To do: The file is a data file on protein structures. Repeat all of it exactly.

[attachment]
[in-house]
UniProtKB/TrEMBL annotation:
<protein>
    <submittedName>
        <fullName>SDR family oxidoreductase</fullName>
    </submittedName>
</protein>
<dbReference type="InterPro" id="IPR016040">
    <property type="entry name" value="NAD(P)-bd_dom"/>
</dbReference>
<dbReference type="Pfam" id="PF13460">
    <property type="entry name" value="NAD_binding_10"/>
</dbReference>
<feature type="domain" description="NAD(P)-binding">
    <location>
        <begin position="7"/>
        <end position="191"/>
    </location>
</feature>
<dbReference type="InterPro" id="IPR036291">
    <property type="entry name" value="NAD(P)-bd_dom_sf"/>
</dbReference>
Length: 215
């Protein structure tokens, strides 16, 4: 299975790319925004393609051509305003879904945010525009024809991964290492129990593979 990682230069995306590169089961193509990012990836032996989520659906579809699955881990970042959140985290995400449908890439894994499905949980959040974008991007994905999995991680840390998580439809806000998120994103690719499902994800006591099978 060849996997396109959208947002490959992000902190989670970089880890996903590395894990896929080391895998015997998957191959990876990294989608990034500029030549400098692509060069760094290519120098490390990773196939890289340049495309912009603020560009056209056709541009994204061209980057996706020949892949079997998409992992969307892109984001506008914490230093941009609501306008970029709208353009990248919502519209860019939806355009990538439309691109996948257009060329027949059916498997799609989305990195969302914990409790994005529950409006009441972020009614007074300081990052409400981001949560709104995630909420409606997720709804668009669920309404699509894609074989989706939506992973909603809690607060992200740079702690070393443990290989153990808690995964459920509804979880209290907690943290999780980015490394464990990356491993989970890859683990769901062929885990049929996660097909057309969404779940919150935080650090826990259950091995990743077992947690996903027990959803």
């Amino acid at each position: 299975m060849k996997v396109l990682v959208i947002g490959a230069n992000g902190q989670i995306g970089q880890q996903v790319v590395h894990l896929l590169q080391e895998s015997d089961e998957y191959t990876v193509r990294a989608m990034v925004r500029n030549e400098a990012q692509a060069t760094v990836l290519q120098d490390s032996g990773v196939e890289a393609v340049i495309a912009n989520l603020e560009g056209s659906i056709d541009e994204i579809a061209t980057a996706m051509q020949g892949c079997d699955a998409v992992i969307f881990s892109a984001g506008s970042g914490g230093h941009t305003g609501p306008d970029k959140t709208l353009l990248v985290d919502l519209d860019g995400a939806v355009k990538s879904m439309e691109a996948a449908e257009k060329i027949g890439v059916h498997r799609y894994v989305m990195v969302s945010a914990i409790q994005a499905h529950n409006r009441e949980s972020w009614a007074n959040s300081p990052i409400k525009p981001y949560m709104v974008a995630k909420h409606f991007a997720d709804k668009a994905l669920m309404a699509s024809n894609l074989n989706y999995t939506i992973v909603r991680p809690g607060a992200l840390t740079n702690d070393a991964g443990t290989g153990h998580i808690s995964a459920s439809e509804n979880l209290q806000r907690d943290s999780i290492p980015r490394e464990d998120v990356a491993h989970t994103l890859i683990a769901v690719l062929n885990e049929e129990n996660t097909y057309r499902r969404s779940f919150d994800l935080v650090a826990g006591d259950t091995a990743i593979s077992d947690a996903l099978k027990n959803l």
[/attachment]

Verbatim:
[in-house]
UniProtKB/TrEMBL annotation:
<protein>
    <submittedName>
        <fullName>SDR family oxidoreductase</fullName>
    </submittedName>
</protein>
<dbReference type="InterPro" id="IPR016040">
    <property type="entry name" value="NAD(P)-bd_dom"/>
</dbReference>
<dbReference type="Pfam" id="PF13460">
    <property type="entry name" value="NAD_binding_10"/>
</dbReference>
<feature type="domain" description="NAD(P)-binding">
    <location>
        <begin position="7"/>
        <end position="191"/>
    </location>
</feature>
<dbReference type="InterPro" id="IPR036291">
    <property type="entry name" value="NAD(P)-bd_dom_sf"/>
</dbReference>
Length: 215
């Protein structure tokens, strides 16, 4: 299975790319925004393609051509305003879904945010525009024809991964290492129990593979 990682230069995306590169089961193509990012990836032996989520659906579809699955881990970042959140985290995400449908890439894994499905949980959040974008991007994905999995991680840390998580439809806000998120994103690719499902994800006591099978 060849996997396109959208947002490959992000902190989670970089880890996903590395894990896929080391895998015997998957191959990876990294989608990034500029030549400098692509060069760094290519120098490390990773196939890289340049495309912009603020560009056209056709541009994204061209980057996706020949892949079997998409992992969307892109984001506008914490230093941009609501306008970029709208353009990248919502519209860019939806355009990538439309691109996948257009060329027949059916498997799609989305990195969302914990409790994005529950409006009441972020009614007074300081990052409400981001949560709104995630909420409606997720709804668009669920309404699509894609074989989706939506992973909603809690607060992200740079702690070393443990290989153990808690995964459920509804979880209290907690943290999780980015490394464990990356491993989970890859683990769901062929885990049929996660097909057309969404779940919150935080650090826990259950091995990743077992947690996903027990959803």
């Amino acid at each position: 299975m060849k996997v396109l990682v959208i947002g490959a230069n992000g902190q989670i995306g970089q880890q996903v790319v590395h894990l896929l590169q080391e895998s015997d089961e998957y191959t990876v193509r990294a989608m990034v925004r500029n030549e400098a990012q692509a060069t760094v990836l290519q120098d490390s032996g990773v196939e890289a393609v340049i495309a912009n989520l603020e560009g056209s659906i056709d541009e994204i579809a061209t980057a996706m051509q020949g892949c079997d699955a998409v992992i969307f881990s892109a984001g506008s970042g914490g230093h941009t305003g609501p306008d970029k959140t709208l353009l990248v985290d919502l519209d860019g995400a939806v355009k990538s879904m439309e691109a996948a449908e257009k060329i027949g890439v059916h498997r799609y894994v989305m990195v969302s945010a914990i409790q994005a499905h529950n409006r009441e949980s972020w009614a007074n959040s300081p990052i409400k525009p981001y949560m709104v974008a995630k909420h409606f991007a997720d709804k668009a994905l669920m309404a699509s024809n894609l074989n989706y999995t939506i992973v909603r991680p809690g607060a992200l840390t740079n702690d070393a991964g443990t290989g153990h998580i808690s995964a459920s439809e509804n979880l209290q806000r907690d943290s999780i290492p980015r490394e464990d998120v990356a491993h989970t994103l890859i683990a769901v690719l062929n885990e049929e129990n996660t097909y057309r499902r969404s779940f919150d994800l935080v650090a826990g006591d259950t091995a990743i593979s077992d947690a996903l099978k027990n959803l």